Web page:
Friday night, I snuck up to Northampton to see Dar Williams and Lucy Wainwright Roche at the Iron Horse. I was not really planning to head up (my usual Modus Operandi) but a Facebook friend who happens to run merch for Dar posted a "Who am I going to see at the concert?" post and that prodded me out of my pre-weekend lethargy, and off I went. As I listened to Dar, I realized that this is the fourth time I've seen her play in the past year - last year's Middnight on Main in Middletown, the Iron Horse (right around this time, I forget exactly when), Falcon Ridge, and now this show.
Dar and I go way back. I ran across her back in '92, before The Honesty Room was released in fact, as she was tooling around New England with her guitar and a box of cassette tapes. Yes, I do own a copy of "All My Heroes are Dead" on cassette....
My first encounter was somewhat problematic. A friend (oh, OK, to be honest, my ex) was coming back east from Los Angeles, and was looking for a place to play, I approached graham, the owner of a slimy bar in Bristol called The Common Ground that ran a Sunday evening folk series and a Monday evening open mic. Graham, seeing the dollar signs of a homecoming concert, said sure and offered a date. What I did not know was that he had already booked that date to a musician named Dar Williams, who got bumped to opener.
My ex did well that night - filled the bar up with her family and friends. Graham did well, with a full bar on a Sunday night. And I'd like to think Dar did well - playing a short set to a full room (instead of the handful of folks she'd draw on other occasions at the bar), selling some merch, and picking up one very devoted fan (me).
I became a Dar Williams fan that night. That led me to see her at the Common Ground on other occasions (often to a smallish crowd that made me feel bad if I needed to leave at the break) and other New England coffeehouse venues. I particularly remember one gig at a little coffeehouse in East Hampton where she broke a guitar string and had no spares - thankfully another musician, John Scott, had a guitar in his car and lent it to Dar. For many years (until recently, in fact) Dar seemed to be quite a nervous guitar player on stage, I'd sit on the edge of my seat praying for a successful first few songs until she settled in. She was always the kid sister I was rooting for to do well.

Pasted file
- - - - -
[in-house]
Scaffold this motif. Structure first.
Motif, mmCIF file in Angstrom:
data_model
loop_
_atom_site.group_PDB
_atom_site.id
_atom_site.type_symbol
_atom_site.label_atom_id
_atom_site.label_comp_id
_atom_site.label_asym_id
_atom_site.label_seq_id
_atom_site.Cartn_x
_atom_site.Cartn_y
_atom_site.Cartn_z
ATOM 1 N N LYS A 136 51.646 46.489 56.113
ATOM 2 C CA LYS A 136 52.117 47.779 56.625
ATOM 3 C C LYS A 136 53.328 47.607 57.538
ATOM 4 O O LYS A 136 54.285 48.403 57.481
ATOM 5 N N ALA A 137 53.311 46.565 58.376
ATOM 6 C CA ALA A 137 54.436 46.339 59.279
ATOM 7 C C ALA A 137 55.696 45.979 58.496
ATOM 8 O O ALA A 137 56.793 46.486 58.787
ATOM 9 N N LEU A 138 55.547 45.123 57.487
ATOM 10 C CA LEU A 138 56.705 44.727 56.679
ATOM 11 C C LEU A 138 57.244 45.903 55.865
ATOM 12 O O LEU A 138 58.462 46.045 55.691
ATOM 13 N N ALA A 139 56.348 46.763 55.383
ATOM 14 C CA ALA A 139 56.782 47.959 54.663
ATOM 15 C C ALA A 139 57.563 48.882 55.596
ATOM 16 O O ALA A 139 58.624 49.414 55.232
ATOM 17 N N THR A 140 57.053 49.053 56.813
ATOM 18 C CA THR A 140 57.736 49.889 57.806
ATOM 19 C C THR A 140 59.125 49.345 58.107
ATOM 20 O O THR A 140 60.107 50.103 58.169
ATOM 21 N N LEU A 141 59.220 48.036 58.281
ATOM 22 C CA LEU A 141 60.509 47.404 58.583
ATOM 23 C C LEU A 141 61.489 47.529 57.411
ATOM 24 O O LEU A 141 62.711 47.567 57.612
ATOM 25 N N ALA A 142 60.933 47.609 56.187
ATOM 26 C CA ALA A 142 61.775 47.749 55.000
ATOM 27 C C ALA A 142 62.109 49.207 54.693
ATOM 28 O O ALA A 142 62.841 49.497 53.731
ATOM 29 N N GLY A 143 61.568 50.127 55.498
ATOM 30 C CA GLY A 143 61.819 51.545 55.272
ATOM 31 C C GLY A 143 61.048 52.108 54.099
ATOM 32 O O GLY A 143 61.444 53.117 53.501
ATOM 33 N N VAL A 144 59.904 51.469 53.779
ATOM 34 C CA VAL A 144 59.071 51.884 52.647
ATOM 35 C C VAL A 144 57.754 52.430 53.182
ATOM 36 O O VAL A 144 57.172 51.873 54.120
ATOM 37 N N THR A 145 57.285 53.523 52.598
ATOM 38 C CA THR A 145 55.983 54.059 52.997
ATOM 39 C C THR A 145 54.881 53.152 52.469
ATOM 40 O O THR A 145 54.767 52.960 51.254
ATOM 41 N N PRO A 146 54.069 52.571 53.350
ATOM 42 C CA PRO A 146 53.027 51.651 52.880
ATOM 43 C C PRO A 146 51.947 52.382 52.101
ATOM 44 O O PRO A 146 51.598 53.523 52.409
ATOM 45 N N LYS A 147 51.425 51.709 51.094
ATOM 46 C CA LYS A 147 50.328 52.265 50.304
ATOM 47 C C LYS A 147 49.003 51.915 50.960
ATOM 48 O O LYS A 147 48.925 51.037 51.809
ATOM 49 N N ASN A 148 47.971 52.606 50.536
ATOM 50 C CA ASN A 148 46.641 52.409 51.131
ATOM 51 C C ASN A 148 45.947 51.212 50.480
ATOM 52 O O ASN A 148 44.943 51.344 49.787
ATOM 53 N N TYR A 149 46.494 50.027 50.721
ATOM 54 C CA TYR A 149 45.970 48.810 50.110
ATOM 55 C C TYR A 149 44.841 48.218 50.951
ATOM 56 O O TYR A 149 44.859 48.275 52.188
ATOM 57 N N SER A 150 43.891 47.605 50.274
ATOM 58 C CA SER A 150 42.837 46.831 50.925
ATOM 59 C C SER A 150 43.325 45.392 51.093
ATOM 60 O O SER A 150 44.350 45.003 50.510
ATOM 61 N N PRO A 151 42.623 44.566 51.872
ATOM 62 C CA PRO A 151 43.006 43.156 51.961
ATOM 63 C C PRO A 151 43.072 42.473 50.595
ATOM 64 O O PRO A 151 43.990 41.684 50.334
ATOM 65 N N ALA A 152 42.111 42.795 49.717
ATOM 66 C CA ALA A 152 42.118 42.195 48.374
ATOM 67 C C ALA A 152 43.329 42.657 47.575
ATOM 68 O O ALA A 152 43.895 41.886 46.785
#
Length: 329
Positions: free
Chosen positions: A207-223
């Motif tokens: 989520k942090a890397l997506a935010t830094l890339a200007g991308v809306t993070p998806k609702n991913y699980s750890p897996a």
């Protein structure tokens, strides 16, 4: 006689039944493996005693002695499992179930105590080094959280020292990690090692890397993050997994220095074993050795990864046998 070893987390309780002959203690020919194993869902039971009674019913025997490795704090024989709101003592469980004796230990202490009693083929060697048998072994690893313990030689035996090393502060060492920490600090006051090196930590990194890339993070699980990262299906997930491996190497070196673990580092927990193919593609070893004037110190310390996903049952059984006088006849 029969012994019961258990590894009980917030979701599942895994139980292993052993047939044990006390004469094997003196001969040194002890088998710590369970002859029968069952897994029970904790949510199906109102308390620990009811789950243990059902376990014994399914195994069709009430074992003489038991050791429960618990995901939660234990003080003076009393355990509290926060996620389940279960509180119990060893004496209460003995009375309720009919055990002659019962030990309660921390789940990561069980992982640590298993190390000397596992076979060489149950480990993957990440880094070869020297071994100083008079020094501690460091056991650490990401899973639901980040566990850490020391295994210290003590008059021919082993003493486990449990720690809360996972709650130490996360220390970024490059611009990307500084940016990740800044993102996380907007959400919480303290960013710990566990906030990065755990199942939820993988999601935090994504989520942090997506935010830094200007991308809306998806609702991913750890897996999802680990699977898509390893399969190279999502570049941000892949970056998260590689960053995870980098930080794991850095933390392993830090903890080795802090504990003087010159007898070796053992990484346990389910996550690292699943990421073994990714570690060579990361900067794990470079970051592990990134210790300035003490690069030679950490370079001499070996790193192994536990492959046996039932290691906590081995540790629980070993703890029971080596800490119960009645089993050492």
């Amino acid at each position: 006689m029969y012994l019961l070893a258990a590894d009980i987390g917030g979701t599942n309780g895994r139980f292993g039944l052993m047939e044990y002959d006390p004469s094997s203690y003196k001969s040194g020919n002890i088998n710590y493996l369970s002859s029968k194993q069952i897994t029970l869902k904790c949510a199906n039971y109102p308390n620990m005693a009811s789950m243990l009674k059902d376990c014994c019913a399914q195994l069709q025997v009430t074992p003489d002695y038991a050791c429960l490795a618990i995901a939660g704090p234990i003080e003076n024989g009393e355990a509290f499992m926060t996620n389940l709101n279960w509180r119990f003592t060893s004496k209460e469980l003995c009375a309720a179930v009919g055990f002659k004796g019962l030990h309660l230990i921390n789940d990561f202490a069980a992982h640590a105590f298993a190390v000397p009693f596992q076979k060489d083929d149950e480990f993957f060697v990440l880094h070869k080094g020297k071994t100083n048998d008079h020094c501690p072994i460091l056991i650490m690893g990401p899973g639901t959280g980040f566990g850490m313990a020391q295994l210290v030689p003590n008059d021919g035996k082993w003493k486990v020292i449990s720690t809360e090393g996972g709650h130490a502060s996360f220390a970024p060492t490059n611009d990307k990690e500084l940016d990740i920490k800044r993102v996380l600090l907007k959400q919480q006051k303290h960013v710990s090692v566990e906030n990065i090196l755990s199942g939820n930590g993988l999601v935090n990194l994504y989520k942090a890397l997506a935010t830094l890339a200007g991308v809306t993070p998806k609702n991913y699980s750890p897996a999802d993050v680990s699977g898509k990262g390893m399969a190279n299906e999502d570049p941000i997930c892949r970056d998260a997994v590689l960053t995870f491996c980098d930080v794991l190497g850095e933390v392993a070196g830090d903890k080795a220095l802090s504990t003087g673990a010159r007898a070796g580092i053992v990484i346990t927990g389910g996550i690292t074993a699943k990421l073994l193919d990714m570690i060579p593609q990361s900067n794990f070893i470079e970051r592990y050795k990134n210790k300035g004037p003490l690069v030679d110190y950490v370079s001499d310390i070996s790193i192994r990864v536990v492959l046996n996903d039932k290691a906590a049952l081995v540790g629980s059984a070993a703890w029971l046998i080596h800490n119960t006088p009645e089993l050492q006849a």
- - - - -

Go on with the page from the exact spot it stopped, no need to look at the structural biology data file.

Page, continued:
I was there at Roaring Brook Nature Center for an Open Mic where Dar debuted "The Honesty Room" - she was the "featured performer" (not quite a headliner) and she signed my copy "Thanks for listening....and for playing". Ironically, one of the songs I did that night was the Roches "Face Down at Folk City" (also, John Gorka's "The Gypsy Life")
And yes, I was at the WWUH Holiday benefit for which Dar wrote "Christians and the Pagans", the Nields wrote "Merry Christmas, Mr Jones" and my local faves High Blumenfeld and Margo Hennebach performed.
I was active on the "Dar List" email list, visited (but did not camp with) the Dar Camp group at Falcon Ridge, was there for the first time the Falcon Ridge hillside lit up for "Iowa" (not cell phones, back in the day, but real lighters and flashlights)
Over the years, as Dar has grown into a mature and successful artist, I kind of stepped back. I still loved her music and bought it all, but she was playing larger and more expensive venues, and I kind of felt like she no longer needed me in the audience. So it's been lovely to reconnect with her and her music.
Now, Lucy Wainwright Roche. She was a Falcon Ridge Emerging Artist back in 2008 and returned as a Most Wanted artist in 2009. (to be honest, I was shocked it was that long ago). But I've been a fan of music by women named Roche (Suzzy is Lucy's mom) for 30+ years. It was 1980 or thereabouts when I stumbled across a review of The Roches first trio album in Rolling Stone - my musical tastes at the time ran along the Springsteen / Neil Young / Cars axis (although I was dabbling in Lou Reed and Jonathon Richman), so these three funky, folkie, NYC folk-punk women was a real change of pace. I was smitten by their cover photo, their harmonics, their humor. Been a huge fan ever since.
I've seen the Roches live a handful of time (most notably, front row center at the Tarrytown Town Hall). In the "music collection" department, in terms of how much of an artist's catalog I own, I'd have to rank Dar #1, Springsteen #2, and The Roches #2. So yeah, big Roches fan. And in the ensuing years, I've also picked up a fondness for Loudon Wainwright, Lucy's father. So yeah, Lucy is worth a trip, anytime!
Lucy and Dar were both in good voice and good humor. I particularly loved Lucy (having only caught her in short sets at Falcon Ridge in the past) and her "not quite as seasoned a perfomer as Dar" was charming and authentic. Dar's set and performace was not much different from last time I saw her at Iron Horse - she's such a mature and polished performer these days that it's hard to be quite so thrilled and smitten as when she was a bit more of a wild card. But still, wonderful to see her and hear her.